Since it’s entirely software-based, it’s possible these new effects will be rolled-out to the Galaxy S10 Plus and Galaxy S10 5G, which already boasts a number of similar effects for the depth-sensing feature, including a Zoom and Swirl look.
Unlike the Google Pixel 3, there’s no ultra-wide angle selfies to be found here. So, if you’re holidaying with a big group of friends, you’ll either have to resort to a timer, the remote shutter function included with the S Pen, or a selfie stick.
However, it’s on the back of the Note 10 where you’ll find the most significant changes, especially for those upgrading from the Note 9 or older. The Note 10 boasts a triple-camera system that combines a 12MP wide-angle camera with the same variable aperture technology seen on the Galaxy S10 range – allowing the camera to instinctively switch between f/1.4 and f/2.4 to capture images in challenging low light conditions, a 16MP ultra-wide with a 123° field of view, and finally, a 12MP telephoto camera that handles 2x optical zoom and Live Focus shots.
If that list sounds at all familiar, it’s because it’s the same mixture of ultra-wide, telephoto and dual-aperture found on the Galaxy S10 Plus – so you’ll find exactly the same photo options, including the artificial adjustable bokeh blur Live Focus photos.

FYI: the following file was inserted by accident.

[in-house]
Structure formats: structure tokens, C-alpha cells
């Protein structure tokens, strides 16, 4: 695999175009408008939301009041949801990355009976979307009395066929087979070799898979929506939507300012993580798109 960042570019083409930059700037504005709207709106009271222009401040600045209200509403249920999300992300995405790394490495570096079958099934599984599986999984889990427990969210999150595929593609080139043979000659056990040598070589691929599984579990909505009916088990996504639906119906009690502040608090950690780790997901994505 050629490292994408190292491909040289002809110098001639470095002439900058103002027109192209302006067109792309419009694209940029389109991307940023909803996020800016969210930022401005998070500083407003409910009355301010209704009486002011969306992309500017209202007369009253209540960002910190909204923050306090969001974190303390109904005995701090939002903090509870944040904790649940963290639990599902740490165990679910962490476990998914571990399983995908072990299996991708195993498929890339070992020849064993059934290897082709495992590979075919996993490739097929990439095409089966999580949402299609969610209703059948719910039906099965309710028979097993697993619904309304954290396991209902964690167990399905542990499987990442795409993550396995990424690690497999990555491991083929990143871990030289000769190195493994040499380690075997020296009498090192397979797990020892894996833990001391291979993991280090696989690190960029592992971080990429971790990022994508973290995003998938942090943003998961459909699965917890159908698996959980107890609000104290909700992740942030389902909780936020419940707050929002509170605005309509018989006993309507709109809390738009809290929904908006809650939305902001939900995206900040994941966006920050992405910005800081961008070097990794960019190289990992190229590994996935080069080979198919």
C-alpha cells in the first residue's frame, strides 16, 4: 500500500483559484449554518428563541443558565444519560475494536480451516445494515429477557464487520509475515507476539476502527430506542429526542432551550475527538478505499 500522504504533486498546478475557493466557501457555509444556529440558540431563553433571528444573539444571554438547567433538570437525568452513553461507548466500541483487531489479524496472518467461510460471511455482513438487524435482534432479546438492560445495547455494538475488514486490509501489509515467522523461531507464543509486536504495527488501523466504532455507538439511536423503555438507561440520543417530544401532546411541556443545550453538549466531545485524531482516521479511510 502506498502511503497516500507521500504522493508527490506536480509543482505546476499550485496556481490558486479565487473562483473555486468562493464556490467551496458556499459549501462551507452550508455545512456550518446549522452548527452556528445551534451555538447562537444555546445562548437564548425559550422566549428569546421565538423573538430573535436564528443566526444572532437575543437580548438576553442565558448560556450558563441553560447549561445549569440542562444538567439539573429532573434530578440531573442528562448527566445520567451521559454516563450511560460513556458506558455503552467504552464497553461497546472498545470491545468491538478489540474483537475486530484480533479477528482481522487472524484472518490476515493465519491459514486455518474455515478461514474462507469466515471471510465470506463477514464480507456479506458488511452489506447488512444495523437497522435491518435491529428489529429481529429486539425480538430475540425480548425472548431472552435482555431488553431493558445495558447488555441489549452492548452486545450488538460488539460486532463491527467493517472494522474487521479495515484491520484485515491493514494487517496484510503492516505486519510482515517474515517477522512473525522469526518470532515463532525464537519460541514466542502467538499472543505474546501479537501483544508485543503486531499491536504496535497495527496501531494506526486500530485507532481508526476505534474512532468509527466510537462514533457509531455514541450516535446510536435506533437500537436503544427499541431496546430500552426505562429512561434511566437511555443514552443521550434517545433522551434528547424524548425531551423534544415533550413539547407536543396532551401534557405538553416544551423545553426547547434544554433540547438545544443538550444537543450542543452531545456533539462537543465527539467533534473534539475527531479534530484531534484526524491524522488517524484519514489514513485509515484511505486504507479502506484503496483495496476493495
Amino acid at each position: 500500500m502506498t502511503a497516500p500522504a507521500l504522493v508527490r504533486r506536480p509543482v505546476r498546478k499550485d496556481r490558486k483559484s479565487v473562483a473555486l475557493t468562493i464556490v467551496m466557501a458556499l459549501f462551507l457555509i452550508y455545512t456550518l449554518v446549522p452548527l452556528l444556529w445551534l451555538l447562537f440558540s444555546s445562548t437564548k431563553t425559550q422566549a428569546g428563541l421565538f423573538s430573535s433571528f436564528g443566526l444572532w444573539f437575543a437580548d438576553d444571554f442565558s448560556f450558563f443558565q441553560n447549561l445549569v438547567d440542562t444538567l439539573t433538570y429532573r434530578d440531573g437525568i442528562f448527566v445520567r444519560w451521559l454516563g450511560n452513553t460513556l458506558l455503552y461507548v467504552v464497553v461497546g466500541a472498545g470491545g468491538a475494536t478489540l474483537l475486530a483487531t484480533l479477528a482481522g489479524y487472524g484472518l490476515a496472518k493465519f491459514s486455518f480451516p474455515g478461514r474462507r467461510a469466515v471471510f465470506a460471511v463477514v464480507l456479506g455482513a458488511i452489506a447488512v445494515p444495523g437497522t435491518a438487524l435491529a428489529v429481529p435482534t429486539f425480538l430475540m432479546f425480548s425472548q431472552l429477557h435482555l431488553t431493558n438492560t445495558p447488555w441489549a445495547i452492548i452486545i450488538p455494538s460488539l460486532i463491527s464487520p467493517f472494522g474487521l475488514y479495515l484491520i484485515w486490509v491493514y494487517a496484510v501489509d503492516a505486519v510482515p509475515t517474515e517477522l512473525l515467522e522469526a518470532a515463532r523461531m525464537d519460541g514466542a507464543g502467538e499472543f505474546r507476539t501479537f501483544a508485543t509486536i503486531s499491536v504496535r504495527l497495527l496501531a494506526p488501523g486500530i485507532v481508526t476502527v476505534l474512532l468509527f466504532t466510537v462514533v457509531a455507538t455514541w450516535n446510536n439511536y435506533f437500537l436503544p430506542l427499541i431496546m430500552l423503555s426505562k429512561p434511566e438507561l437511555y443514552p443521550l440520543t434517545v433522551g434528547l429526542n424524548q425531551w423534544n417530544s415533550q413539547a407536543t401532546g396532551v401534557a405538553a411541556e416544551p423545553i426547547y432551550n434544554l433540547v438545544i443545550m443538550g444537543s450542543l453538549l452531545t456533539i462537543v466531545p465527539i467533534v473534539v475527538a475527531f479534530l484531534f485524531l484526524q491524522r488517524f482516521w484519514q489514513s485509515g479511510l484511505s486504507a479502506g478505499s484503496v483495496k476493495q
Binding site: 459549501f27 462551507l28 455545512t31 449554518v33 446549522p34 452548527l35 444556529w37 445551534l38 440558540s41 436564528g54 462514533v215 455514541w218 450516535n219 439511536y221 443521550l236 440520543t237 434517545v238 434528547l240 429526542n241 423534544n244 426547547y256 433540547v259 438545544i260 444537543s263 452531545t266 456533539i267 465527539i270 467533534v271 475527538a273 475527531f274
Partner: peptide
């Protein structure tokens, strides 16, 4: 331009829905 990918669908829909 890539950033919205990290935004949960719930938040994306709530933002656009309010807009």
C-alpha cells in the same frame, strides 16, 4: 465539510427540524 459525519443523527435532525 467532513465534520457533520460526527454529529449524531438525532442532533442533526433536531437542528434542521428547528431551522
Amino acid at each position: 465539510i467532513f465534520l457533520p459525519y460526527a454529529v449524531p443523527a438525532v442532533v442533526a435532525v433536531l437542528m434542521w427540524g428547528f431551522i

Like the selfie camera, you’ll also get the same Live Focus options from the rear-facing set-up, including Glitch and Circles, which adds circular bokeh-style blur behind the subject. Like the Galaxy S10 5G, the Note 10 is capable of adding these Live Focus effects to video in real-time. Unlike the former, the new flagship handset handles the effect using software, although the results were seriously impressive in our brief time with the Note 10.
Samsung says the Note 10 has been designed to add artificial bokeh behind people and objects, so you won’t be limited to just faces like the software-led solution seen on the iPhone XR’s Portrait Mode, for example.
We’ll need to spend a lot more time with the Note 10 and it’s triple-camera to get a good handle on what it’s capable of, but the early signs are very, very promising. Photographs are packed with details – albeit not quite as sharp as what you’ll get out of a Pixel 3. As you’d expect from Samsung, the images are warmer and more vibrant than rival handsets from Google and Apple.